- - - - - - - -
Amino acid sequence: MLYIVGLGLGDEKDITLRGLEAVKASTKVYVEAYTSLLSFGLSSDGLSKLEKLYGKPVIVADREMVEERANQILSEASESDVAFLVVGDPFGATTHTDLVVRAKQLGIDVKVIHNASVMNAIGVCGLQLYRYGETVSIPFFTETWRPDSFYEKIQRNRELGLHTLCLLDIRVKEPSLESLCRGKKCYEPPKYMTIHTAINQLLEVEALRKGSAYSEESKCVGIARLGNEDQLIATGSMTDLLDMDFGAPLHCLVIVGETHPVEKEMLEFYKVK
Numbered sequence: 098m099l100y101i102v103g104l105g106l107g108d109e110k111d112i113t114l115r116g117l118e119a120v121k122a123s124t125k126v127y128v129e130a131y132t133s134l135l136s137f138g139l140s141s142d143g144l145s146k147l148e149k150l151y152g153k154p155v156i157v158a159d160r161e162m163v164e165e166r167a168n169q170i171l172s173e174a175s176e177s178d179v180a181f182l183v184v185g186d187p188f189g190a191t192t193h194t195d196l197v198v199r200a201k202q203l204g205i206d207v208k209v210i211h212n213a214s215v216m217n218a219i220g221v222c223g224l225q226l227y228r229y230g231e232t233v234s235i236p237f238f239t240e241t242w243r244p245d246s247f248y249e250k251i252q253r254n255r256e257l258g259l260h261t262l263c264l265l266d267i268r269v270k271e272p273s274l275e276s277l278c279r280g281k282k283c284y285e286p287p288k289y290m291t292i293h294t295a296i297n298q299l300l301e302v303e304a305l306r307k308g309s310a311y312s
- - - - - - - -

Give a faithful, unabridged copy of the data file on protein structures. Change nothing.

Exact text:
Amino acid sequence: MLYIVGLGLGDEKDITLRGLEAVKASTKVYVEAYTSLLSFGLSSDGLSKLEKLYGKPVIVADREMVEERANQILSEASESDVAFLVVGDPFGATTHTDLVVRAKQLGIDVKVIHNASVMNAIGVCGLQLYRYGETVSIPFFTETWRPDSFYEKIQRNRELGLHTLCLLDIRVKEPSLESLCRGKKCYEPPKYMTIHTAINQLLEVEALRKGSAYSEESKCVGIARLGNEDQLIATGSMTDLLDMDFGAPLHCLVIVGETHPVEKEMLEFYKVK
Numbered sequence: 098m099l100y101i102v103g104l105g106l107g108d109e110k111d112i113t114l115r116g117l118e119a120v121k122a123s124t125k126v127y128v129e130a131y132t133s134l135l136s137f138g139l140s141s142d143g144l145s146k147l148e149k150l151y152g153k154p155v156i157v158a159d160r161e162m163v164e165e166r167a168n169q170i171l172s173e174a175s176e177s178d179v180a181f182l183v184v185g186d187p188f189g190a191t192t193h194t195d196l197v198v199r200a201k202q203l204g205i206d207v208k209v210i211h212n213a214s215v216m217n218a219i220g221v222c223g224l225q226l227y228r229y230g231e232t233v234s235i236p237f238f239t240e241t242w243r244p245d246s247f248y249e250k251i252q253r254n255r256e257l258g259l260h261t262l263c264l265l266d267i268r269v270k271e272p273s274l275e276s277l278c279r280g281k282k283c284y285e286p287p288k289y290m291t292i293h294t295a296i297n298q299l300l301e302v303e304a305l306r307k308g309s310a311y312s